The Center for Food Safety (CFS) has issued a report challenging the proposed organic aquaculture production regulations under consideration by the U.S. Department of Agriculture (USDA). Titled Like Water and Oil: Ocean-Based Fish Farming and Organic Don’t Mix, the report argues that USDA should reject proposed standards that would allegedly dilute the value of organic certification by allowing the agency’s seal to appear on fish products sourced from ocean-based farms.
In addition to citing the high number of fish escapes reported in the previous two decades, CFS claims that “open-ocean fish farms can never be organic,” partly because synthetic chemicals prohibited under the Organic Foods Production Act (OFPA) are ubiquitous in the marine environment. The group also alleges that open-ocean farming not only alters the natural behavior of migratory fish in violation of OFPA, but harms wild fisheries by using wildcaught fish as a feed source.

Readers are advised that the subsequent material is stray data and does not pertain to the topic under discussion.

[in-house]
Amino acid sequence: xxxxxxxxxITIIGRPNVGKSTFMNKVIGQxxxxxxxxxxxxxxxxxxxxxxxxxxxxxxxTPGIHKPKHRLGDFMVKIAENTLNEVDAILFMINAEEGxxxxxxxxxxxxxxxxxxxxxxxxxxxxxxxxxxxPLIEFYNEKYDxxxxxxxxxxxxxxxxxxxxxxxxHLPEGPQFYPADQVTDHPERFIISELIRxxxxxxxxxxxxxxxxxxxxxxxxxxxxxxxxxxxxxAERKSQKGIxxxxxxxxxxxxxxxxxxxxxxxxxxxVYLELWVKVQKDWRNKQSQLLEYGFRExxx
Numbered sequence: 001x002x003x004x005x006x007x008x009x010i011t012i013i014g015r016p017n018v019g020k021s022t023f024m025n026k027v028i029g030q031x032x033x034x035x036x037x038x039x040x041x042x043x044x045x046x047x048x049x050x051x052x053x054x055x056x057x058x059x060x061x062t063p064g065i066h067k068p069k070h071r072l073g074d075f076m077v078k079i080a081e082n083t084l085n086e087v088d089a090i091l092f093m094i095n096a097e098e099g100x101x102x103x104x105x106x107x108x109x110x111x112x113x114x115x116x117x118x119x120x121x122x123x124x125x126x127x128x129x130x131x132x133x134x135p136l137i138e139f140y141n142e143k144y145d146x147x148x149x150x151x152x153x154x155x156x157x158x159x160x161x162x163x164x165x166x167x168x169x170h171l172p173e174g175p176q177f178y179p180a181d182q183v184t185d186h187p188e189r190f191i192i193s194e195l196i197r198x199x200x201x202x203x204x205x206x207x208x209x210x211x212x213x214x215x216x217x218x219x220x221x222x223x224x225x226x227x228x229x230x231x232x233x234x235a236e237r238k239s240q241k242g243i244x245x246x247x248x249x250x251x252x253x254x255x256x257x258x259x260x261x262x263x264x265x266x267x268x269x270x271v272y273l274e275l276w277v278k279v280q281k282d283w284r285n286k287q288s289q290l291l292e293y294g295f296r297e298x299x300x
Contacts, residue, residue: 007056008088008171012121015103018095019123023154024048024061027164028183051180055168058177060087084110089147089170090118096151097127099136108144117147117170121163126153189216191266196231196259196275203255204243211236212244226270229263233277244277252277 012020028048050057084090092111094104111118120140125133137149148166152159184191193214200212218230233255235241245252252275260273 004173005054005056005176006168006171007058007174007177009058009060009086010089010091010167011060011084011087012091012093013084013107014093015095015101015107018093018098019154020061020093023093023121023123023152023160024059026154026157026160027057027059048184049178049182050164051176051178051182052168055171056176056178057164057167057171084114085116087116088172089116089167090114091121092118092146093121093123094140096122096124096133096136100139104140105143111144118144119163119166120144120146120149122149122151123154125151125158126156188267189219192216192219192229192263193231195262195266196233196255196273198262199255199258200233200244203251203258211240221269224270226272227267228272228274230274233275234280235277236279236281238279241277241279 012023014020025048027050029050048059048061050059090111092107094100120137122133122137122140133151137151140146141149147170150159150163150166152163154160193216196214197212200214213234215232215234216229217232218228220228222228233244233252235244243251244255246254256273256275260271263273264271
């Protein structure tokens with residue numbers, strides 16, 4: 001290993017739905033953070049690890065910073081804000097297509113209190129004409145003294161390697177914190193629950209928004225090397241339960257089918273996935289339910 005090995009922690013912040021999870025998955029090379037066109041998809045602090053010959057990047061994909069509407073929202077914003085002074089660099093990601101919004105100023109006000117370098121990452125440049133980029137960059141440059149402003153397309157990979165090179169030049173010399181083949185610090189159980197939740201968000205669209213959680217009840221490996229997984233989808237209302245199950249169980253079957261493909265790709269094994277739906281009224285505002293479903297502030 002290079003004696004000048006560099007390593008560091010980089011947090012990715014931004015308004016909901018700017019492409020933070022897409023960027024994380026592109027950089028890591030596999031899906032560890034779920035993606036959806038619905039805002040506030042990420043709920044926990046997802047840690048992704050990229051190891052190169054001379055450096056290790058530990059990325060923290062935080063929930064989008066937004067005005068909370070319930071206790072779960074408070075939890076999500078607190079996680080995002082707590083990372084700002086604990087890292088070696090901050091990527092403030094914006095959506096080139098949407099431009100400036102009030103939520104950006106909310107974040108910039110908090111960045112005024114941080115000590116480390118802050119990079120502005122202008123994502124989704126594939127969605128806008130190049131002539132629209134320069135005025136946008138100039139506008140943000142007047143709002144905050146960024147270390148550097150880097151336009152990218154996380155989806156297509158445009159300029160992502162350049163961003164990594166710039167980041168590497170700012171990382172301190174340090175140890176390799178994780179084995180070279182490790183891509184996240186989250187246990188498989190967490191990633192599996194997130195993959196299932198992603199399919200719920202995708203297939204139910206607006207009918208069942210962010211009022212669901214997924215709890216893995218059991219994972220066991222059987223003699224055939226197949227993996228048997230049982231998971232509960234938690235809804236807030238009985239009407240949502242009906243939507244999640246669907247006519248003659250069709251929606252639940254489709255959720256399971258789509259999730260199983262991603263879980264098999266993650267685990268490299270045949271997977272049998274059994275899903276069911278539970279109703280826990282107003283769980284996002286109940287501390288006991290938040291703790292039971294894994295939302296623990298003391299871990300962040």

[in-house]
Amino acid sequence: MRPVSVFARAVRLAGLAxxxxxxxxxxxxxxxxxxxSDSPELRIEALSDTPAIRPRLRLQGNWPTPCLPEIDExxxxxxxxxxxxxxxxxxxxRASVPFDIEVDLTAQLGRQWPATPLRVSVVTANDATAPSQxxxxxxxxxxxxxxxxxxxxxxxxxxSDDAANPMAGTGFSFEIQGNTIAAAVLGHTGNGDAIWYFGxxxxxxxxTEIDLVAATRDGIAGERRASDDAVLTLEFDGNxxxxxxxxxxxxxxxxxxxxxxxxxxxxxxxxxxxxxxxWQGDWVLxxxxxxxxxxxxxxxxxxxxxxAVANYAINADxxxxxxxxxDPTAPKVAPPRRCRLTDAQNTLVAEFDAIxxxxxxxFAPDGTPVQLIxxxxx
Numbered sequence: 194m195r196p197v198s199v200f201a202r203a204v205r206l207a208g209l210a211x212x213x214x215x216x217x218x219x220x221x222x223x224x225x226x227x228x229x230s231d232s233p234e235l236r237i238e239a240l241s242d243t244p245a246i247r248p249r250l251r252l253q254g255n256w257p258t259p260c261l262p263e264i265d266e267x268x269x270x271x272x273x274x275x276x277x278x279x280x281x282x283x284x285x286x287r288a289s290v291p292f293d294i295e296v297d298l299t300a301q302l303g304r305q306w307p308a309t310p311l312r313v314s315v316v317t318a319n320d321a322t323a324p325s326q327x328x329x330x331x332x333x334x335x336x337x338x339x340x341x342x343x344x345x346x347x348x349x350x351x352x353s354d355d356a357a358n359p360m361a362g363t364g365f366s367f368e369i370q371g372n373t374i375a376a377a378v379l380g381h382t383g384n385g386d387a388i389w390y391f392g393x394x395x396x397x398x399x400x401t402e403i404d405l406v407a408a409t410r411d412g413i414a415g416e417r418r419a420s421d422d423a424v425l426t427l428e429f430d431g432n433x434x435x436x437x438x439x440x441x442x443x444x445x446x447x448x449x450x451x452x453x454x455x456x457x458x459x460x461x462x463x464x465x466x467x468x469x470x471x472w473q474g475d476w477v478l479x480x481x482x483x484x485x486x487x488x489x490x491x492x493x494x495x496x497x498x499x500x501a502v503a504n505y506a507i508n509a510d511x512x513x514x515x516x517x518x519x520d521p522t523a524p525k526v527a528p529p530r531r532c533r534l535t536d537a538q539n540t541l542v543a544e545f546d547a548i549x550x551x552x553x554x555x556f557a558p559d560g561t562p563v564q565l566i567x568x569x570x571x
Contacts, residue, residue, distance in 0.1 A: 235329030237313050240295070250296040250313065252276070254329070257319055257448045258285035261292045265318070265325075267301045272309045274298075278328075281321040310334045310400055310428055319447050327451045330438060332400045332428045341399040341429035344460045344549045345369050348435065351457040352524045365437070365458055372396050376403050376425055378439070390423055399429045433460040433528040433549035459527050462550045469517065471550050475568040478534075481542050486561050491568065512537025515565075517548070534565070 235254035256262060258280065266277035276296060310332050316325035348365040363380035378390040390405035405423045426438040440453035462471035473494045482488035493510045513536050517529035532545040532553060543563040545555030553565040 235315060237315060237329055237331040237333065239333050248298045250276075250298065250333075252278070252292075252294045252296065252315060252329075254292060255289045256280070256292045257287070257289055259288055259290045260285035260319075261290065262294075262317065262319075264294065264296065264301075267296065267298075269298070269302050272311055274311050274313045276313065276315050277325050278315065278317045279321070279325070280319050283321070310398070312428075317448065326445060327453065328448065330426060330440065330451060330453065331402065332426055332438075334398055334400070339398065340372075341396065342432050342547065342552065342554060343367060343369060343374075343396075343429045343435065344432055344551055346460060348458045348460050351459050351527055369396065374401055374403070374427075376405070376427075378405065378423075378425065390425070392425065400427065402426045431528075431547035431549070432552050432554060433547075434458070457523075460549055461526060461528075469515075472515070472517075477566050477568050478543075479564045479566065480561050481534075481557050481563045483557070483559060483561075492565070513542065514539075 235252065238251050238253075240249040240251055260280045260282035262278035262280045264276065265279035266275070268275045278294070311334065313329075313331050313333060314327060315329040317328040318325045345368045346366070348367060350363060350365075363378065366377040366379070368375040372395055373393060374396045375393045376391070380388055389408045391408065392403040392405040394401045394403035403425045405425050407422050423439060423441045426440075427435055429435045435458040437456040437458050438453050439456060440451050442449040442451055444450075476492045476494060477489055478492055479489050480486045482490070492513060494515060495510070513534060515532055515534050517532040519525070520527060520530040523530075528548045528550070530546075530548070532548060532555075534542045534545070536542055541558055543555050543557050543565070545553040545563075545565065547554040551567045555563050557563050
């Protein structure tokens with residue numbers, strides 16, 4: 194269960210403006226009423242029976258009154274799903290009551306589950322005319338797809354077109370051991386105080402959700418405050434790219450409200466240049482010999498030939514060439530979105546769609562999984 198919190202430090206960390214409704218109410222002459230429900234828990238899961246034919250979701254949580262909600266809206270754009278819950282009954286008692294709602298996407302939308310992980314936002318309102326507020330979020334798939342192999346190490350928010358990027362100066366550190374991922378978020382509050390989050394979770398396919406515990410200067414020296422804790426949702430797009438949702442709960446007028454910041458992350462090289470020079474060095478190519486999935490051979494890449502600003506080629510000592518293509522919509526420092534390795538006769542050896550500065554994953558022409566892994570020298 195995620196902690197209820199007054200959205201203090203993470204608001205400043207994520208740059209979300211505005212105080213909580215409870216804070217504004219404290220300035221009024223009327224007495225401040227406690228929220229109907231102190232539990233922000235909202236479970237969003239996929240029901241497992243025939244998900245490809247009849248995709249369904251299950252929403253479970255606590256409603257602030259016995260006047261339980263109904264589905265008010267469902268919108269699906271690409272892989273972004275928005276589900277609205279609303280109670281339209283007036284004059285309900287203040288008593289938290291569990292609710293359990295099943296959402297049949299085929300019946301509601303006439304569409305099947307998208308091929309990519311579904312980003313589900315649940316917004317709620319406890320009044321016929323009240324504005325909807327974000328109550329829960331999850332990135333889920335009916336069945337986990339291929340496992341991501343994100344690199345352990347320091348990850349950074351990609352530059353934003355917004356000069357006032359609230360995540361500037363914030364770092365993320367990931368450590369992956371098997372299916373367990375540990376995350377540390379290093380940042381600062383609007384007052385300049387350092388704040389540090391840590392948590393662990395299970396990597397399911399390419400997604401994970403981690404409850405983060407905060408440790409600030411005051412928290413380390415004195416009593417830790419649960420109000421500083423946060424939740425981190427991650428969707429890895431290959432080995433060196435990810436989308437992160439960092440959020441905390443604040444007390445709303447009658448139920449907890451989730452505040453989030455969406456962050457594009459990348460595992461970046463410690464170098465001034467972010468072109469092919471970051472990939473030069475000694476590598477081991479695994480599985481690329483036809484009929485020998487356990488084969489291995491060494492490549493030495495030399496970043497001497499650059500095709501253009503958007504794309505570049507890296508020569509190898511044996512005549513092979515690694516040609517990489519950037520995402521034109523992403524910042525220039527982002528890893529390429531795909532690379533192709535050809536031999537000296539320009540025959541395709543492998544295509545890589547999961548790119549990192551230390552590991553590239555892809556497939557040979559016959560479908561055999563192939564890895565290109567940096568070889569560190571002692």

“It’s mind-boggling to think that USDA would seriously consider allowing fish farms at sea to be organic,” said CFS Organic Policy Director Lisa Bunin in an October 21, 2014, press release. “It’s absolutely impossible to control or monitor the wide range of substances, including toxic pollutants, that flow into and out of sea-based farms.”